Lowering blood pressure below a commonly used target significantly reduced serious heart problems and cut the risk of death in adults aged 50 and older, preliminary results of a large government-sponsored study showed on Friday.
In the study of more than 9,300 patients with hypertension, using a combination of medicines to reduce systolic pressure to a target of 120 cut the rate of heart attacks, strokes and heart failure by almost a third, and the risk of death by nearly a quarter, compared to target of 140.
"This study provides potentially lifesaving information that will be useful to health care providers as they consider the best treatment options for some of their patients, particularly those over the age of 50," Dr. Gary Gibbons of the National Institutes of Health, which sponsored the study, said in a statement.
Researchers cautioned that full analysis of the results had not been completed and that medical guidelines groups must still study the data to determine if it should lead to a change in practice.
They said it was not yet clear how many more people might require more intensive blood pressure lowering.
Systolic blood pressure is the top number in a blood pressure reading. High blood pressure is widely considered a leading risk factor for heart disease, kidney failure and other health problems.
Doctors on a conference call to discuss the study said blood pressure of 120 over 80 was seen as desirable, but that 140/90 was a commonly used target.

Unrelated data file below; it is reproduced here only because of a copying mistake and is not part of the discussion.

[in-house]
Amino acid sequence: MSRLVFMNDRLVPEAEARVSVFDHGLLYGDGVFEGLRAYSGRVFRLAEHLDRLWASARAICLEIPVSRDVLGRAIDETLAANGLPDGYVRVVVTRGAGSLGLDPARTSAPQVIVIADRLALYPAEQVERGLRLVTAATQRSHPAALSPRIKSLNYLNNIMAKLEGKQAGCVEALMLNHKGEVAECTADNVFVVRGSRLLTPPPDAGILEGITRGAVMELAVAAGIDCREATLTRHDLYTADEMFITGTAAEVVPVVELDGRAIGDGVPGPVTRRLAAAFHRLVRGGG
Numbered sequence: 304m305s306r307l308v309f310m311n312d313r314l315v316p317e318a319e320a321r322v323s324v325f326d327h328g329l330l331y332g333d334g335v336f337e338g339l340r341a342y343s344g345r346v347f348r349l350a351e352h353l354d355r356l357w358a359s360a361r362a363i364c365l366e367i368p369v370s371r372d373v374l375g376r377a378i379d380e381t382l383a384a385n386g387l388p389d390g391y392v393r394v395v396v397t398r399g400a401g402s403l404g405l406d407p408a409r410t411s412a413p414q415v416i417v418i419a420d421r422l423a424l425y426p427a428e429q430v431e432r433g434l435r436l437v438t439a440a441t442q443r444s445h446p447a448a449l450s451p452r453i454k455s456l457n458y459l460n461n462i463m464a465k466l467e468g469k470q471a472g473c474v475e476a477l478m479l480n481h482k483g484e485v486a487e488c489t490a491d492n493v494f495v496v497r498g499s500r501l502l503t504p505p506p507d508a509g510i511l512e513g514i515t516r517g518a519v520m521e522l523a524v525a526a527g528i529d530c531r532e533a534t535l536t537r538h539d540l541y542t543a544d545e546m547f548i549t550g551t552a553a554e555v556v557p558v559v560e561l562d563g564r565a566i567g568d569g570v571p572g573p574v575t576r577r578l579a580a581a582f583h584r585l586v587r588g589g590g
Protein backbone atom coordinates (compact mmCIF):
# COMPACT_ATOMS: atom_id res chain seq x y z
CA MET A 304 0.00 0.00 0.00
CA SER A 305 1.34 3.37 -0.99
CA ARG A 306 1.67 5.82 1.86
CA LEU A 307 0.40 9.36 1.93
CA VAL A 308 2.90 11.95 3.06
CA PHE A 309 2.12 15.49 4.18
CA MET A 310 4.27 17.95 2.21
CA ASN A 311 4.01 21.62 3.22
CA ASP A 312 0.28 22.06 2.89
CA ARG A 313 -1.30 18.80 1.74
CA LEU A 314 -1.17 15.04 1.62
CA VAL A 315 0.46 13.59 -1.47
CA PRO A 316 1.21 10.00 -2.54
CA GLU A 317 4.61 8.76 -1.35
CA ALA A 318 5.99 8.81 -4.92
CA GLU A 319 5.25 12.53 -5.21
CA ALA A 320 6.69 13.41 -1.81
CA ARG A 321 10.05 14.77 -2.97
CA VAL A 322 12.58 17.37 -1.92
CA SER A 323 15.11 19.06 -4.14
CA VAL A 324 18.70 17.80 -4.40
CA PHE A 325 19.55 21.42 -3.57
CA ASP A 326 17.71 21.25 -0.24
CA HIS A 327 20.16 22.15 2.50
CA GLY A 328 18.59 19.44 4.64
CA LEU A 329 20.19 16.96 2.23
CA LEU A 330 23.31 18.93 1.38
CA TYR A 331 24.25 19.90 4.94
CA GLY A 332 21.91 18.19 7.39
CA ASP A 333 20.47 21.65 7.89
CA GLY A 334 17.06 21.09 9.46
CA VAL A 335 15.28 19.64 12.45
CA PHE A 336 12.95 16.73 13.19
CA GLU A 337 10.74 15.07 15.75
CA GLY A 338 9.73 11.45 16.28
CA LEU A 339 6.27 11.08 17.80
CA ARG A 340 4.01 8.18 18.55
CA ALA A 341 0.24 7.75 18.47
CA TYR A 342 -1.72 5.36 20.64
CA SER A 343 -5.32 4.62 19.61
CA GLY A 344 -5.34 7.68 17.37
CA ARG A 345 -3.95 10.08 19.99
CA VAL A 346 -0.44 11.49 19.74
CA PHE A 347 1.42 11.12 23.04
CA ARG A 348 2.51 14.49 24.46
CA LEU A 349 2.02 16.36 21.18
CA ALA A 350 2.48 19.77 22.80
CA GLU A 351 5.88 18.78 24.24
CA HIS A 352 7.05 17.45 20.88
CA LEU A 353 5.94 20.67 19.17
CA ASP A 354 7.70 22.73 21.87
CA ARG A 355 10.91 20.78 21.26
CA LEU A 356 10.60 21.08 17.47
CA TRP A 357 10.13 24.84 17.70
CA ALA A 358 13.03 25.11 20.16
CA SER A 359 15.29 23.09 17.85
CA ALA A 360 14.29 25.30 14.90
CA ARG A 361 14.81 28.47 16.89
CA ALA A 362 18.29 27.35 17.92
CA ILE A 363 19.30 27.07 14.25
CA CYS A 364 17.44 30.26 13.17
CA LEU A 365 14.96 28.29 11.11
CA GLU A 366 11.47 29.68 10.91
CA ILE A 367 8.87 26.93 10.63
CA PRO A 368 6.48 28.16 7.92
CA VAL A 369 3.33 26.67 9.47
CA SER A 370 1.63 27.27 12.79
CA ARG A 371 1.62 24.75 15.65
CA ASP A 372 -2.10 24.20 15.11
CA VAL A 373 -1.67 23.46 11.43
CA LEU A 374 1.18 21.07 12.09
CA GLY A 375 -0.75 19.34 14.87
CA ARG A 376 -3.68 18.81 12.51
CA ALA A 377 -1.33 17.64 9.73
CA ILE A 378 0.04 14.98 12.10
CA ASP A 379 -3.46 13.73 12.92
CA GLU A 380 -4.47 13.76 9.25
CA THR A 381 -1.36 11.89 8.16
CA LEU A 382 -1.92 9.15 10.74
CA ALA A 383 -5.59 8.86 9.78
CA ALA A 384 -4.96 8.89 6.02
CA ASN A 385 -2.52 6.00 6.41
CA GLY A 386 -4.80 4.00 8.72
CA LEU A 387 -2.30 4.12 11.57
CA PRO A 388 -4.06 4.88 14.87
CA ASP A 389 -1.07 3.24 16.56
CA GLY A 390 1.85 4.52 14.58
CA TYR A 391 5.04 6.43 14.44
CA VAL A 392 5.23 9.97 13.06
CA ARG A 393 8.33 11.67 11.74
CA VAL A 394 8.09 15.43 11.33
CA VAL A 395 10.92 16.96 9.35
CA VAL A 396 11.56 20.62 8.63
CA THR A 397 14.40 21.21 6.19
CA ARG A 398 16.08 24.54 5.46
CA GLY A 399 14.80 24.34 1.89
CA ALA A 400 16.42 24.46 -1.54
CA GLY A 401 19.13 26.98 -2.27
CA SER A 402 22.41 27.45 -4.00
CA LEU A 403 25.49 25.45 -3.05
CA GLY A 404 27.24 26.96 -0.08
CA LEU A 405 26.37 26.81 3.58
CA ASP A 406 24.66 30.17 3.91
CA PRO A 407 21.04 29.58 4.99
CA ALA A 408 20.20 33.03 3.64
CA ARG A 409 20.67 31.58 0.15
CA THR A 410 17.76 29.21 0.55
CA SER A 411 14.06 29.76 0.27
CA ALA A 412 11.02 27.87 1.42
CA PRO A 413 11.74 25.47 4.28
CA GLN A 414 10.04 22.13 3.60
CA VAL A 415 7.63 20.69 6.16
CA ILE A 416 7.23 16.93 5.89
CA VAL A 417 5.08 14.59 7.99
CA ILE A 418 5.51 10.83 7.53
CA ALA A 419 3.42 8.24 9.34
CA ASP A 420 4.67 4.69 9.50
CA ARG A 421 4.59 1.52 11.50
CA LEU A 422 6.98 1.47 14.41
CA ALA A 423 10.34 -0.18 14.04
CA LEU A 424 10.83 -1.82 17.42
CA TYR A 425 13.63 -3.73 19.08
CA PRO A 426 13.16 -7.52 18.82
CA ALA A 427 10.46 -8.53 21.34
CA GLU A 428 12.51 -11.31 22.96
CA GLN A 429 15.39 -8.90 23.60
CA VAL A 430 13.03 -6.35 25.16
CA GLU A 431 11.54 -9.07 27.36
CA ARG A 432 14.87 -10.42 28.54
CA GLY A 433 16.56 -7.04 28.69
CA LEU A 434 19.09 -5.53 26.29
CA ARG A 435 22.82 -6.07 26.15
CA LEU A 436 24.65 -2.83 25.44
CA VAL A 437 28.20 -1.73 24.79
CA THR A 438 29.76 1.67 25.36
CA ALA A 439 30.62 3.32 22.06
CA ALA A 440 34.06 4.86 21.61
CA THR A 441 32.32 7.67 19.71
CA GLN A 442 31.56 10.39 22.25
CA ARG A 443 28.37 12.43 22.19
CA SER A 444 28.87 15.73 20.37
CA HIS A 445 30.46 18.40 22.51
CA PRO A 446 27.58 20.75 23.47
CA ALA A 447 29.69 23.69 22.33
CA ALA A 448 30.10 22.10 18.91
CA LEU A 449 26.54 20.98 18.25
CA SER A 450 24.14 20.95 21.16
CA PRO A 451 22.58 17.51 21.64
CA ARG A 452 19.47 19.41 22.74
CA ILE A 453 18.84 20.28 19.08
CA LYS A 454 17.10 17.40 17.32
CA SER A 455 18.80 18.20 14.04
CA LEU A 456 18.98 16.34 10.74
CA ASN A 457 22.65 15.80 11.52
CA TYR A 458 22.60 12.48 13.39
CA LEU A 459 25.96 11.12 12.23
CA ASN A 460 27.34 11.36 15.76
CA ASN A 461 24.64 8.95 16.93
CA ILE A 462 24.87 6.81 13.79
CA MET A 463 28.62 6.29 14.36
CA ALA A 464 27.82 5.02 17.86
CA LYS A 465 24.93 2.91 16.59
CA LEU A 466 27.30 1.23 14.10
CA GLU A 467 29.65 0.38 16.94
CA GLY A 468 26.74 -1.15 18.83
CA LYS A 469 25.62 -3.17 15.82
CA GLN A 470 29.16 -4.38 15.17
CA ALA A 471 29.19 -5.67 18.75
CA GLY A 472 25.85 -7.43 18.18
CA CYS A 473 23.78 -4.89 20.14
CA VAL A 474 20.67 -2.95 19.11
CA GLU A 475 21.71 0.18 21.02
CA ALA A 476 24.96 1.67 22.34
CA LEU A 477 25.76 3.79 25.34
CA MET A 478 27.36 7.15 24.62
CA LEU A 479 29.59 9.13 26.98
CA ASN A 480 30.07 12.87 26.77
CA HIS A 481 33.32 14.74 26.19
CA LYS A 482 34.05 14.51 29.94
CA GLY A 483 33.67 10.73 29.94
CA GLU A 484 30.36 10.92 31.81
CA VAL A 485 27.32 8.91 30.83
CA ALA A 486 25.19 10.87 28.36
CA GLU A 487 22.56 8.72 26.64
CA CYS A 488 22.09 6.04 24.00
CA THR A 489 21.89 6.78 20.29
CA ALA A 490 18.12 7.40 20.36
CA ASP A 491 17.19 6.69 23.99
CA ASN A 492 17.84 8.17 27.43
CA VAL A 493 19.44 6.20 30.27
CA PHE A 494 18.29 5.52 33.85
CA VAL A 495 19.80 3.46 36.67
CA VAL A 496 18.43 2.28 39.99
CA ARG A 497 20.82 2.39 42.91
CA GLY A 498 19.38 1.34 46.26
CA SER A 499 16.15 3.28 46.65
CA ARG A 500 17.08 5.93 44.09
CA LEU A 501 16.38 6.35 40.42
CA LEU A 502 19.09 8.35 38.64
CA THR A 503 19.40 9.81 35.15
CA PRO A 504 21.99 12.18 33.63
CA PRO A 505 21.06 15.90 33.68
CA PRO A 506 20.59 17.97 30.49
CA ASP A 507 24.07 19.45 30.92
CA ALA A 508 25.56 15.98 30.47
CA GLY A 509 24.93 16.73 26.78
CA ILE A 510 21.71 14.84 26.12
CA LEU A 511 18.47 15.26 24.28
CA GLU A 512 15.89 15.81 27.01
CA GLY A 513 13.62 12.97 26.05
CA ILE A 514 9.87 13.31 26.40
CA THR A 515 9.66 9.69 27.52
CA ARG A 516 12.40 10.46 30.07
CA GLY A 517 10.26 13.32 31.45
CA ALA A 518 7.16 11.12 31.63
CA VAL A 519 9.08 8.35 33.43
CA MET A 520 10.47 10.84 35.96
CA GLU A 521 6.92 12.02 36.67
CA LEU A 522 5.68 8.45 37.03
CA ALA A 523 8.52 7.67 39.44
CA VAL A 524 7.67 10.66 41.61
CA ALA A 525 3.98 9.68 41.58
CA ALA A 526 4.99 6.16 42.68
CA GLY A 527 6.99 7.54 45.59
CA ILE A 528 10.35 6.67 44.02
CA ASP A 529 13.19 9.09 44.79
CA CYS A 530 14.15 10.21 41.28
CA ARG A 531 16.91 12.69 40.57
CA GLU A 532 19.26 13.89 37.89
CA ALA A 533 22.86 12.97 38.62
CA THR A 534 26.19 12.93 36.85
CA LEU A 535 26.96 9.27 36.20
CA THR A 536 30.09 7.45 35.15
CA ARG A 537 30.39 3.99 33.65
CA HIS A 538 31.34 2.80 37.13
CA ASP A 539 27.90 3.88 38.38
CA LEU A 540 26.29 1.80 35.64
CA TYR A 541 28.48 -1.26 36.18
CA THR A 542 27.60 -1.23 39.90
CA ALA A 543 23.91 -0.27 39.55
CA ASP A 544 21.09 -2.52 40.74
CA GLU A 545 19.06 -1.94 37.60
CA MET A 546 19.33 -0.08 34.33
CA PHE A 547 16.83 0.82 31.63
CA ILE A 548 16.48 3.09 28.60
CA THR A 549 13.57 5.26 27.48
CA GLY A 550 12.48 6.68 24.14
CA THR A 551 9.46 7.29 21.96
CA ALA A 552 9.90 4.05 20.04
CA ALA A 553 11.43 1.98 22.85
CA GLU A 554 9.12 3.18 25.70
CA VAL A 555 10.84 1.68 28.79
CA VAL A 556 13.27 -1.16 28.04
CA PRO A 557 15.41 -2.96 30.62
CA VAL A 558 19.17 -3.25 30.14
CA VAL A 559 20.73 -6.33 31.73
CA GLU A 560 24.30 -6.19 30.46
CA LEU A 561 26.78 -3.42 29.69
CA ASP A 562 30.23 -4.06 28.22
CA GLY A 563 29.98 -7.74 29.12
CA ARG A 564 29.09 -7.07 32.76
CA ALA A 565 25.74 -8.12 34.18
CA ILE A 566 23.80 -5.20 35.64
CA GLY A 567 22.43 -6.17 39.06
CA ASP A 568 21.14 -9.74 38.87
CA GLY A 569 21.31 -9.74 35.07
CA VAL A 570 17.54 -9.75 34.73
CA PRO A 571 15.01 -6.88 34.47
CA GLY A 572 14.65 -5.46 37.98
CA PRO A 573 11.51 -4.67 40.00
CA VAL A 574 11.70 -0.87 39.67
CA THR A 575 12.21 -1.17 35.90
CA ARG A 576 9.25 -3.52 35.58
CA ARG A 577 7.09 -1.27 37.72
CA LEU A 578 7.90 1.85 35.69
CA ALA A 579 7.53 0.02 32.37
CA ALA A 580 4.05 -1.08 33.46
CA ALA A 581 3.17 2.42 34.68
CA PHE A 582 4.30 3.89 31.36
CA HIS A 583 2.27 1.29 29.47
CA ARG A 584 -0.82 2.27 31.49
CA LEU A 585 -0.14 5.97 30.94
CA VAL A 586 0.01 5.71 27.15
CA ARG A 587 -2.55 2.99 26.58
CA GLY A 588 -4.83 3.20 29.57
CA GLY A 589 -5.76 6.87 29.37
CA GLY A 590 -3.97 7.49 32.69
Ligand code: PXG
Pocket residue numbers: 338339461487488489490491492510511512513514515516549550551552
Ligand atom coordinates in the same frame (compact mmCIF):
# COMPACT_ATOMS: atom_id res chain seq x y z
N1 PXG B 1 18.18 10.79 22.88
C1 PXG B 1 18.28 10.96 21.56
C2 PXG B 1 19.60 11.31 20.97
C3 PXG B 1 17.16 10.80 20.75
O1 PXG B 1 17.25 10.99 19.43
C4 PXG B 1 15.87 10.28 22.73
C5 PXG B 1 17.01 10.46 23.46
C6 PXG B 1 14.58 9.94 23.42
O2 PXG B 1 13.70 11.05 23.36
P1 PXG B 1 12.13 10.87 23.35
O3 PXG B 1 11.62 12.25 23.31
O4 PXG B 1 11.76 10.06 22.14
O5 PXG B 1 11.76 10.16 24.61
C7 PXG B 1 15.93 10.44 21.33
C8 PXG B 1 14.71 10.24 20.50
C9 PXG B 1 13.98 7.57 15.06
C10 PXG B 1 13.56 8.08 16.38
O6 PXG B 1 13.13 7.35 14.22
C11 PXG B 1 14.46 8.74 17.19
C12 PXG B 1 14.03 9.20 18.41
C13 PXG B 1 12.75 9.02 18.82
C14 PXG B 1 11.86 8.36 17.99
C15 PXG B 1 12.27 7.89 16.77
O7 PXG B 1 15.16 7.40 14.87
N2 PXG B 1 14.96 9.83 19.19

They also noted that there is no real consensus, which was a reason for conducting the trial.
Patients in the study, conducted between 2010 and 2013, had a mean age of 68, with 25 percent over 75, and were deemed at increased risk of heart disease or had kidney disease.
It did not include patients who had a prior stroke or those with diabetes.
The intensive treatment group received an average of three blood pressure-reducing medicines, while the 140 target group were taking an average of two medicines.
While adverse side effects in the intensive treatment group were still being analyzed, researchers said, the study was stopped early when the significant benefits became obvious.
"Patients should talk to their doctor to determine whether this lower goal is best for their individual care," said Dr. Lawrence Fine, chief of Clinical Applications and Prevention at the National Heart, Lung, and Blood Institute.
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